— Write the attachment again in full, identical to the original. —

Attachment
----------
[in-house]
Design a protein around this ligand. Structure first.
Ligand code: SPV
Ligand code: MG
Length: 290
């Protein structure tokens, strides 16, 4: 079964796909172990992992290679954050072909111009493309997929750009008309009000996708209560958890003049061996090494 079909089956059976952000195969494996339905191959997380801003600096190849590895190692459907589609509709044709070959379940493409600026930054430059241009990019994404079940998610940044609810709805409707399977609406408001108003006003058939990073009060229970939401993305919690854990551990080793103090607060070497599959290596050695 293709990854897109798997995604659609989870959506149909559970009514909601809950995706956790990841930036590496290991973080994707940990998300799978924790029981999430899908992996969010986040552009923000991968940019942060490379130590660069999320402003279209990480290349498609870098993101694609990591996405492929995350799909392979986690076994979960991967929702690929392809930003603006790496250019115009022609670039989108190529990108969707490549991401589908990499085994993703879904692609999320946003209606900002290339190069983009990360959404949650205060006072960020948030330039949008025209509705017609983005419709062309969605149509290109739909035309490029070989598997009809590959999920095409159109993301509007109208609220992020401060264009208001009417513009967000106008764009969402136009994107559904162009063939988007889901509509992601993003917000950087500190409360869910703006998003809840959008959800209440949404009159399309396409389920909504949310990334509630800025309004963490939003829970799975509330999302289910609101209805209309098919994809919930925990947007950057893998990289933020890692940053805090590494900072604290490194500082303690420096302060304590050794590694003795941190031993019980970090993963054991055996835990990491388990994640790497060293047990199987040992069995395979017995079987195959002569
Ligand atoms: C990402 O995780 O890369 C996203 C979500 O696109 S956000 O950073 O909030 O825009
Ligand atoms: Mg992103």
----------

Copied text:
[in-house]
Design a protein around this ligand. Structure first.
Ligand code: SPV
Ligand code: MG
Length: 290
């Protein structure tokens, strides 16, 4: 079964796909172990992992290679954050072909111009493309997929750009008309009000996708209560958890003049061996090494 079909089956059976952000195969494996339905191959997380801003600096190849590895190692459907589609509709044709070959379940493409600026930054430059241009990019994404079940998610940044609810709805409707399977609406408001108003006003058939990073009060229970939401993305919690854990551990080793103090607060070497599959290596050695 293709990854897109798997995604659609989870959506149909559970009514909601809950995706956790990841930036590496290991973080994707940990998300799978924790029981999430899908992996969010986040552009923000991968940019942060490379130590660069999320402003279209990480290349498609870098993101694609990591996405492929995350799909392979986690076994979960991967929702690929392809930003603006790496250019115009022609670039989108190529990108969707490549991401589908990499085994993703879904692609999320946003209606900002290339190069983009990360959404949650205060006072960020948030330039949008025209509705017609983005419709062309969605149509290109739909035309490029070989598997009809590959999920095409159109993301509007109208609220992020401060264009208001009417513009967000106008764009969402136009994107559904162009063939988007889901509509992601993003917000950087500190409360869910703006998003809840959008959800209440949404009159399309396409389920909504949310990334509630800025309004963490939003829970799975509330999302289910609101209805209309098919994809919930925990947007950057893998990289933020890692940053805090590494900072604290490194500082303690420096302060304590050794590694003795941190031993019980970090993963054991055996835990990491388990994640790497060293047990199987040992069995395979017995079987195959002569
Ligand atoms: C990402 O995780 O890369 C996203 C979500 O696109 S956000 O950073 O909030 O825009
Ligand atoms: Mg992103």